A woman who claims she was throttled, butted, punched and kicked by her husband during a two decade-long campaign of violence said she could not leave him because she was so in love.
Corrina Cox said that despite the fact her partner, David, would lash out at her without any warning, she desperately wanted to make things work – and believed that one day his “violent outbursts” would stop.
Mrs Cox gave evidence for a second day during his trial at Aberdeen Sheriff Court – where she was asked why such a “sensible” and “intelligent” woman would agree to stay with a man she claimed abused her so much.
Cox, a 63-year-old oil worker, is accused of repeatedly assaulting his ex-girlfriend, and later his wife, for more than 24 years.
His wife claims he pushed her from a moving car, assaulted her when she pregnant and pinned her down on a bed and strangled her.
Yesterday, Mrs Cox told the court about the first time her husband lost his temper with her, before she agreed to move into his home at Banchory.
The 43-year-old – a retained fire fighter and ex-nurse – said she had lost count of the number of times he had attacked her since then.
Cox husband’s defence lawyer, David Moggach QC, asked why she agreed to move in with his client if she had doubts about his temper, never mind agree to marry him.
“Deep down in myself, I prayed that he would change,” she said.
“I really, really loved him.”
Mr Moggach also asked why she never confronted her husband about his behaviour, nor why she never confided in anyone about what was happening to her.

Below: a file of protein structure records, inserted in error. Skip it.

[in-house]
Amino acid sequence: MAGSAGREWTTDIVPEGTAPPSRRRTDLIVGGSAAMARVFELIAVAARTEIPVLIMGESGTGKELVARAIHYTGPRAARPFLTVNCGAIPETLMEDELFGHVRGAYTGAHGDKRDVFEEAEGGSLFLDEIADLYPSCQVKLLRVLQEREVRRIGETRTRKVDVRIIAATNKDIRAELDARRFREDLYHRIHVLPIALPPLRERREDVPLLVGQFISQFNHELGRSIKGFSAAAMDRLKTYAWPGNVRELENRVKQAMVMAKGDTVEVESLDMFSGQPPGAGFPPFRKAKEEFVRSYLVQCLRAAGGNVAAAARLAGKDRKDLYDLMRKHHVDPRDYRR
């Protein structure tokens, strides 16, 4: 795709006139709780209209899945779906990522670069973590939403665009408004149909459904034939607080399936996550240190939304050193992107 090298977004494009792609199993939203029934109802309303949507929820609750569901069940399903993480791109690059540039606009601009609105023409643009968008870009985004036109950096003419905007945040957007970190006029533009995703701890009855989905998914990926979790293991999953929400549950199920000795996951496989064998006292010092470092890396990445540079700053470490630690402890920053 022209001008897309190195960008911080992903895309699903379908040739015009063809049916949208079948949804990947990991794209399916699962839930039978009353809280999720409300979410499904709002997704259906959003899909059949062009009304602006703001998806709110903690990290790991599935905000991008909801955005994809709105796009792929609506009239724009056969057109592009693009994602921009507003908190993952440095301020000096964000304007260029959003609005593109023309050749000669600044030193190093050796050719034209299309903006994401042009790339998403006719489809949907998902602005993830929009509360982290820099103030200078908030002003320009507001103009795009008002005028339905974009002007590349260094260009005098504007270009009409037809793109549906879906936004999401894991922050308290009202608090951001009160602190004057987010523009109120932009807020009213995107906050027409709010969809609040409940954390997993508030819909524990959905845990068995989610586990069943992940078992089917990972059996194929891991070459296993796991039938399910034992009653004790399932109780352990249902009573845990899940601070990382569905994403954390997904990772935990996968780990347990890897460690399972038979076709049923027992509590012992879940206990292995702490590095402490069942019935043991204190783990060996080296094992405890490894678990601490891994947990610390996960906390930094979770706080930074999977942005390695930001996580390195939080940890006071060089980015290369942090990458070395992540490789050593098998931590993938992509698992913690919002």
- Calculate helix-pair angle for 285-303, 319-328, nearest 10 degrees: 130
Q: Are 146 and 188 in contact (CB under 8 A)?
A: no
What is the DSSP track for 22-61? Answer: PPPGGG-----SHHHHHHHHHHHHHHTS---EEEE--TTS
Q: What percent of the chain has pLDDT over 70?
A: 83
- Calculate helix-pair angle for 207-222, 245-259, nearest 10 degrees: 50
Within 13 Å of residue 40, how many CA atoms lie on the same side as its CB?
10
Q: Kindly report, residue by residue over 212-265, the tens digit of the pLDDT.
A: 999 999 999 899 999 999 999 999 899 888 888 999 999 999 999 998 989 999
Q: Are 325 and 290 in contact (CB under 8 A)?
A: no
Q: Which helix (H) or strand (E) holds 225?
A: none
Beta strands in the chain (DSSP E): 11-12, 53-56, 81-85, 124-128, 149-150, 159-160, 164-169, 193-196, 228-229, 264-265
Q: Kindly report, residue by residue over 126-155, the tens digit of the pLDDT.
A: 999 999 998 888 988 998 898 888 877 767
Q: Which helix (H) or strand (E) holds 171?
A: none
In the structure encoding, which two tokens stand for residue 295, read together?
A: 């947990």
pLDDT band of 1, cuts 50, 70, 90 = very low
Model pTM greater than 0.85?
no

He suggested that the “spur of the moment” outbursts she had spoken about were not as bad as she was making out.
“Can I suggest that they were not of the type that would cause you to say ‘that’s enough, I’m getting out of this’?” he asked.
“The relationship was bad and there was a lot of violence,” she told him.
The court also heard from Mrs Cox’s mother, Rhona Trigger, who said she had no idea about the alleged abuse her daughter had suffered until police were called in last year to investigate.
But she said her son-in-law, who now lives at 32 Woodcock Court, Stonehaven, had admitted to her that he had done some “terrible” things.
GP Mike Steven, from the Banchory Medical Group, also gave evidence, telling the court how Mrs Cox had sought help for a large bruise on her hip.
He said she told staff that she had tripped – but Mrs Cox told the court that her husband pushed her into an outdoor tap in their garden during one of his rages.
The trial, before Sheriff Graeme Napier, continues today.